On September 3, a North Carolina court struck down the state’s legislative district plan as an impermissible partisan gerrymander under the state constitution.
The plaintiffs, which included Common Cause and the Democratic Party of North Carolina, alleged that the state legislative district maps adopted and enacted by the North Carolina General Assembly in 2017 infringed upon the rights to equal protection, free speech, association, and free elections guaranteed by the state constitution.
The three-judge panel of state superior court judges – Paul Ridgeway, Joseph Crosswhite, and Alma Hinton – ruled unanimously in favor of the plaintiffs. In their ruling, the judges wrote, “[The] 2017 Enacted Maps, as drawn, do not permit voters to freely choose their representative, but rather representatives are choosing voters based upon sophisticated partisan sorting. It is not the free will of the people that is fairly ascertained through extreme partisan gerrymandering. Rather, it is the carefully crafted will of the map drawer that predominates.”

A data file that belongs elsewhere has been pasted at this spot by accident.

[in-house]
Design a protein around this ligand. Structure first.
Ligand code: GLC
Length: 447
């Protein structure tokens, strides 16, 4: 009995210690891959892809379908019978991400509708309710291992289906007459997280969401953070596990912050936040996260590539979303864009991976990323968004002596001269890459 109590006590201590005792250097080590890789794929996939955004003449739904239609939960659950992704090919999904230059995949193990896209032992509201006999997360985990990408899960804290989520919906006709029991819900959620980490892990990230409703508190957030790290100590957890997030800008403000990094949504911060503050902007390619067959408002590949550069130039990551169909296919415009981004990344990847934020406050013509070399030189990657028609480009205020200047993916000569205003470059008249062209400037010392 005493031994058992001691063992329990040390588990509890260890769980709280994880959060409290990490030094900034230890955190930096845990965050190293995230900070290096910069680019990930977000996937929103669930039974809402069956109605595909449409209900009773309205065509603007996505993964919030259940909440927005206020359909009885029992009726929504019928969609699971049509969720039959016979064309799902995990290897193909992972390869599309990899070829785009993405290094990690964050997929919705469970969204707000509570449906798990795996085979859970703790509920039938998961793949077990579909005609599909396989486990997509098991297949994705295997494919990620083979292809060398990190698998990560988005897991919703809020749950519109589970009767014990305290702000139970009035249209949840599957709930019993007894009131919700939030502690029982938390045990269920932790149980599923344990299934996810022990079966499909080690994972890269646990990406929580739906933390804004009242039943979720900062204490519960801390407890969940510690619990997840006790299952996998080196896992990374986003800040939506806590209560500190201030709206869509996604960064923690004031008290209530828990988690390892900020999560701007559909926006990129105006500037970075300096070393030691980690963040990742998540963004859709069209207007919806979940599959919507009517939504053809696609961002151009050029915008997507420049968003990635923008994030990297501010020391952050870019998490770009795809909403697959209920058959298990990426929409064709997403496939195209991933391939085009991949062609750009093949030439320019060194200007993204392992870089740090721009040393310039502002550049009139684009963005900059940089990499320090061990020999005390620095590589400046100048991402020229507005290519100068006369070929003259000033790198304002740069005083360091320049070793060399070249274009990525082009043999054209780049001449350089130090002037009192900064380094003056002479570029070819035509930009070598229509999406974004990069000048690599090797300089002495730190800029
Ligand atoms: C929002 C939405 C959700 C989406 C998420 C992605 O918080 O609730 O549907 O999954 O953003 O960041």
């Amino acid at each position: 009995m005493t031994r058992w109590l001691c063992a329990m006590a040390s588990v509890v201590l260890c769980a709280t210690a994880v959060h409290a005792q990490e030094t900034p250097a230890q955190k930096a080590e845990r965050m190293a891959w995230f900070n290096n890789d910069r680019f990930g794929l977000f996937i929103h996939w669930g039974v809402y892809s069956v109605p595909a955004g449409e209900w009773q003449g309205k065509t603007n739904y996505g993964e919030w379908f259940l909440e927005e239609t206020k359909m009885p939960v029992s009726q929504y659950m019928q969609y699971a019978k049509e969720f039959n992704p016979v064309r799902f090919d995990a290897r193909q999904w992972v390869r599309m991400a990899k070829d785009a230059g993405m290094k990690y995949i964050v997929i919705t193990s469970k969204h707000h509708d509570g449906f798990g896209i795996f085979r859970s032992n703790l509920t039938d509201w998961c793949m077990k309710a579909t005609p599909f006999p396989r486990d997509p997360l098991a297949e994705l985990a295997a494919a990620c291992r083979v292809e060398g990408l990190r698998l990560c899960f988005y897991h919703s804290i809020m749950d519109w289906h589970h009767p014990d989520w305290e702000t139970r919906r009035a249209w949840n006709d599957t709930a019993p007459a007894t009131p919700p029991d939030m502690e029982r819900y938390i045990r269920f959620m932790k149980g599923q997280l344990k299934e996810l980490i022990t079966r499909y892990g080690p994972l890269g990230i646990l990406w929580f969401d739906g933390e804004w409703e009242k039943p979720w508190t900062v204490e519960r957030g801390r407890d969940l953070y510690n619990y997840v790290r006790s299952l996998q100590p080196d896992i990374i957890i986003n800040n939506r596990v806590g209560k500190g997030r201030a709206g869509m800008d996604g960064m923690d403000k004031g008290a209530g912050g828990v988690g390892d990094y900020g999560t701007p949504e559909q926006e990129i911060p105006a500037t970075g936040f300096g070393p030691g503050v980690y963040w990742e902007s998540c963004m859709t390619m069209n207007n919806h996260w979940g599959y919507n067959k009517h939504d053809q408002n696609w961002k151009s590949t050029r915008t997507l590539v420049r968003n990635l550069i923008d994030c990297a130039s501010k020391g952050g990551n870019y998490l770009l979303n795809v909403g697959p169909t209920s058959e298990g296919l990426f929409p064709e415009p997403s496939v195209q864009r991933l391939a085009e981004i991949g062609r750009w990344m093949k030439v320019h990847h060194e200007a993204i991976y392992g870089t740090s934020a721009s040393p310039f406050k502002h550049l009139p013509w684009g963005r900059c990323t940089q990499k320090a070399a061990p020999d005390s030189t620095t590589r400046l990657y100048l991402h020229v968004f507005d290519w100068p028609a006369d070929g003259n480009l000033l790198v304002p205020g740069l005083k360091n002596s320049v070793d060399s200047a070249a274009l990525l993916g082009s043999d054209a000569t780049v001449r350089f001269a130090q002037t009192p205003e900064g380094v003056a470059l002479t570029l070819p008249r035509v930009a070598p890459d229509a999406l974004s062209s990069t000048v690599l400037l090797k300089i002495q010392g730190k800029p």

Bob Phillips, executive director of Common Cause North Carolina, praised the court’s decision: “The court has made clear that partisan gerrymandering violates our state’s constitution and is unacceptable. Thanks to the court’s landmark decision, politicians in Raleigh will no longer be able to rig our elections through partisan gerrymandering.”
Senate Majority Leader Phil Berger (R), although critical of the court’s ruling, announced that state Republicans would not appeal the decision: “We disagree with the court’s ruling as it contradicts the Constitution and binding legal precedent, but we intend to respect the court’s decision and finally put this divisive battle behind us.”
The court ordered state lawmakers to draft remedial maps by September 18, 2019, for use in the 2020 election cycle. Should lawmakers fail to adopt remedial maps, the court will appoint a referee to develop and recommend remedial maps to the court. In 2020, all 50 seats in the state Senate and all 120 seats in the state House are up for election. The primary is slated for March 3, 2020.
North Carolina has a divided government. Democrat Roy Cooper serves as governor, and he is running for re-election in 2020. Meanwhile, Republicans control both chambers of the state legislature, holding a 29-21 majority in the Senate and a 65-55 majority in the House.